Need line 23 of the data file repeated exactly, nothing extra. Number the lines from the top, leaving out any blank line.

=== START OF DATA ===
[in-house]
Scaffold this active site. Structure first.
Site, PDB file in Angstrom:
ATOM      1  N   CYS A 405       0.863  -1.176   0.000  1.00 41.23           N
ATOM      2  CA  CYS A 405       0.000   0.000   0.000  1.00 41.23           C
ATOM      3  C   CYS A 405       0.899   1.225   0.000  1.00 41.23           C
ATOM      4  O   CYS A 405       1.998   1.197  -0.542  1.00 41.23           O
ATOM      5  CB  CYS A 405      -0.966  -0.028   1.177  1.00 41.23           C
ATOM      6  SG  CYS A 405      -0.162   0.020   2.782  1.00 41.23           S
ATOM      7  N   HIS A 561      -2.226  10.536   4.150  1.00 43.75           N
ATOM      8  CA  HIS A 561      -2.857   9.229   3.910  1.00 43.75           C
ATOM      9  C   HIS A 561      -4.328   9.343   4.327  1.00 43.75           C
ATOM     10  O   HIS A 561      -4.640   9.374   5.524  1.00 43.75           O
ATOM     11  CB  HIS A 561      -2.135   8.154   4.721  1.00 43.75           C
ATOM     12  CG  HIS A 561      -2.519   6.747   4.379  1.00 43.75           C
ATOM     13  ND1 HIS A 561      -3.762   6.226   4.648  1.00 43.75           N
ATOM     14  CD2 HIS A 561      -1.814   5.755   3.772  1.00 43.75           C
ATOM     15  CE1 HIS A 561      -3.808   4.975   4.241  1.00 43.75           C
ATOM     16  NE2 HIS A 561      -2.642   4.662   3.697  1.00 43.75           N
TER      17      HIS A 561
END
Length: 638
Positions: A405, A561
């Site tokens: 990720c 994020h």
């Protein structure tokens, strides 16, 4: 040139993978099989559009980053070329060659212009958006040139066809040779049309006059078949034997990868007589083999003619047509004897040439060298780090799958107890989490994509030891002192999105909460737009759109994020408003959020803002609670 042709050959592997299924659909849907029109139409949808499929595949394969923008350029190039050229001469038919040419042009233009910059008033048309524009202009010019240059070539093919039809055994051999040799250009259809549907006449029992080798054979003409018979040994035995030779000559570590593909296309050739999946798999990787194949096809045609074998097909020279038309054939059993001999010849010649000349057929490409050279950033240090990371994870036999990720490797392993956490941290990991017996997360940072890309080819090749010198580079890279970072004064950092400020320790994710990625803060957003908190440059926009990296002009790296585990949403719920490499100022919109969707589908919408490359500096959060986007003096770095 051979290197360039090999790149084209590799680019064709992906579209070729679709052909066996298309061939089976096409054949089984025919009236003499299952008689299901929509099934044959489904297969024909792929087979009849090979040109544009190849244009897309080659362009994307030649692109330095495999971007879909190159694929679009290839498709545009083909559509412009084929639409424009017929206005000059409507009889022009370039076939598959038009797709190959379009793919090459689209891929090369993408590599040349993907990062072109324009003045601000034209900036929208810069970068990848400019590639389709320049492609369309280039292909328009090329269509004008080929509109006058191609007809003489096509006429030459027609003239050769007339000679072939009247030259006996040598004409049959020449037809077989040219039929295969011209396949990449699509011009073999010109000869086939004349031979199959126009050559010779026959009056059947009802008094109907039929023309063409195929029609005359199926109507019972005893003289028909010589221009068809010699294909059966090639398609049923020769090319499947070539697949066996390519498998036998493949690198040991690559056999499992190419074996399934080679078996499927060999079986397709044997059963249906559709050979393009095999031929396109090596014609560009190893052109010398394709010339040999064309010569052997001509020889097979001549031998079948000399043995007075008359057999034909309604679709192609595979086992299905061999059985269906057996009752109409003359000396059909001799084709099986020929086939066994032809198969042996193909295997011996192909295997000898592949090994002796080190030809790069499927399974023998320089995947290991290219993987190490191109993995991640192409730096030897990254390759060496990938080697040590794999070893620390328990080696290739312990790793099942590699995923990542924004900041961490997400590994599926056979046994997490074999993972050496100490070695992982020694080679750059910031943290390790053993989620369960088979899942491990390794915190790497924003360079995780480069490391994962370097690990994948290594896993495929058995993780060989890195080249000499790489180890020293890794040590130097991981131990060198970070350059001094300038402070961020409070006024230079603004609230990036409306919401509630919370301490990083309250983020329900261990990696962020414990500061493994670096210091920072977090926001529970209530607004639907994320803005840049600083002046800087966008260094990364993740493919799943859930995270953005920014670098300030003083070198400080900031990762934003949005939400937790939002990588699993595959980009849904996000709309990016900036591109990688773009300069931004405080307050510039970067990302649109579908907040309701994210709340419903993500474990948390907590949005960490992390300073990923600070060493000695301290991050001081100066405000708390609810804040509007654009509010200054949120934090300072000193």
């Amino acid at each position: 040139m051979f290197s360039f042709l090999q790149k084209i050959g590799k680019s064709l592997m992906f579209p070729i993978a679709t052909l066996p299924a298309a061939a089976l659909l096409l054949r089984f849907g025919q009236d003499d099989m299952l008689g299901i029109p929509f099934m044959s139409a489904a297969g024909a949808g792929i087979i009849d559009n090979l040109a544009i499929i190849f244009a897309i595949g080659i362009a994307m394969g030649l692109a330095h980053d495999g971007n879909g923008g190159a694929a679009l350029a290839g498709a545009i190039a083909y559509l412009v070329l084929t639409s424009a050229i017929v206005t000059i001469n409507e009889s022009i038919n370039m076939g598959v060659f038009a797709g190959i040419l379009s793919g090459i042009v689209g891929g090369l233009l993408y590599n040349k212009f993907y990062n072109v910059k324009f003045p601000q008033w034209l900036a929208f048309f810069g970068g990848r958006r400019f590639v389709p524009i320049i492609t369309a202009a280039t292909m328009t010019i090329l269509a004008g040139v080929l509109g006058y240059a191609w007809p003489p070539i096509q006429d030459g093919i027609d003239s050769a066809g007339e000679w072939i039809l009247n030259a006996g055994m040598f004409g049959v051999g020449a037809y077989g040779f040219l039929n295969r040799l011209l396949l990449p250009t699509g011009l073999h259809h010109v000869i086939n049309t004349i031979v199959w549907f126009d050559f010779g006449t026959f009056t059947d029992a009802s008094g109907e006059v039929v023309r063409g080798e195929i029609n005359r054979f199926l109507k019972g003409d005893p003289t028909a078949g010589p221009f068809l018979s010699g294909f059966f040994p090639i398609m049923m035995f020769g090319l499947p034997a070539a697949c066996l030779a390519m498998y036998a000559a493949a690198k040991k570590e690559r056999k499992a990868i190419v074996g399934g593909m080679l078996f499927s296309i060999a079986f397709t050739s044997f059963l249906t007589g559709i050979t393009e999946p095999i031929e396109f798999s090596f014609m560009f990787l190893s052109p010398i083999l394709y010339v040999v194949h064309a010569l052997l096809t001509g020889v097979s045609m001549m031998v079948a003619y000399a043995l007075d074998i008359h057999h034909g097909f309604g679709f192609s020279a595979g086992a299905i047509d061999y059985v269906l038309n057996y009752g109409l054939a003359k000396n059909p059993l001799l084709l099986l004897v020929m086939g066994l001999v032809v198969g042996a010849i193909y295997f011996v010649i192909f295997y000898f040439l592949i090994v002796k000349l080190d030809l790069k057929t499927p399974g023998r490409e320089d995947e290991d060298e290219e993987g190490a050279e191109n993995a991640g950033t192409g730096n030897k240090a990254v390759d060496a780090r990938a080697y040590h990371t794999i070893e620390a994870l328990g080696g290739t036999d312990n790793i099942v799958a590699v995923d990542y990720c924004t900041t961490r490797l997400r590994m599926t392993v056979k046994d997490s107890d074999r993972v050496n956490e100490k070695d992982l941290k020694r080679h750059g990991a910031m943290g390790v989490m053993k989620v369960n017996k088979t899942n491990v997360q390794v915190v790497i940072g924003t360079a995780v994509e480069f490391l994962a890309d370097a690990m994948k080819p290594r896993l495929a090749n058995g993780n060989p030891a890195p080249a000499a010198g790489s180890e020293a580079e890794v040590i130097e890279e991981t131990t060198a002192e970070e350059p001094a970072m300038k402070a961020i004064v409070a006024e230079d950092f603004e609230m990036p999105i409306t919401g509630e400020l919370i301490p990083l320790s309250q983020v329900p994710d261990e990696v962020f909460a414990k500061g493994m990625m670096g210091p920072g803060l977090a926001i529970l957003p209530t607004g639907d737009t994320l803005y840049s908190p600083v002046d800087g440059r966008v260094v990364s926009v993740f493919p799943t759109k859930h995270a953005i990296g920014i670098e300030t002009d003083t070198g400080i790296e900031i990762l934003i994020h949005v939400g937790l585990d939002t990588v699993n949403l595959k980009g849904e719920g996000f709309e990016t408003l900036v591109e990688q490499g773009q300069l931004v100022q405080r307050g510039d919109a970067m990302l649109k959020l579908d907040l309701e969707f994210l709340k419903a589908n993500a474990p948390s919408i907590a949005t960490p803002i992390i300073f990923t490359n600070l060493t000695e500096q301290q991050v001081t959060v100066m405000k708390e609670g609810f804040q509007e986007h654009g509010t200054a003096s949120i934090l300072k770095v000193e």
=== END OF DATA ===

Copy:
Positions: A405, A561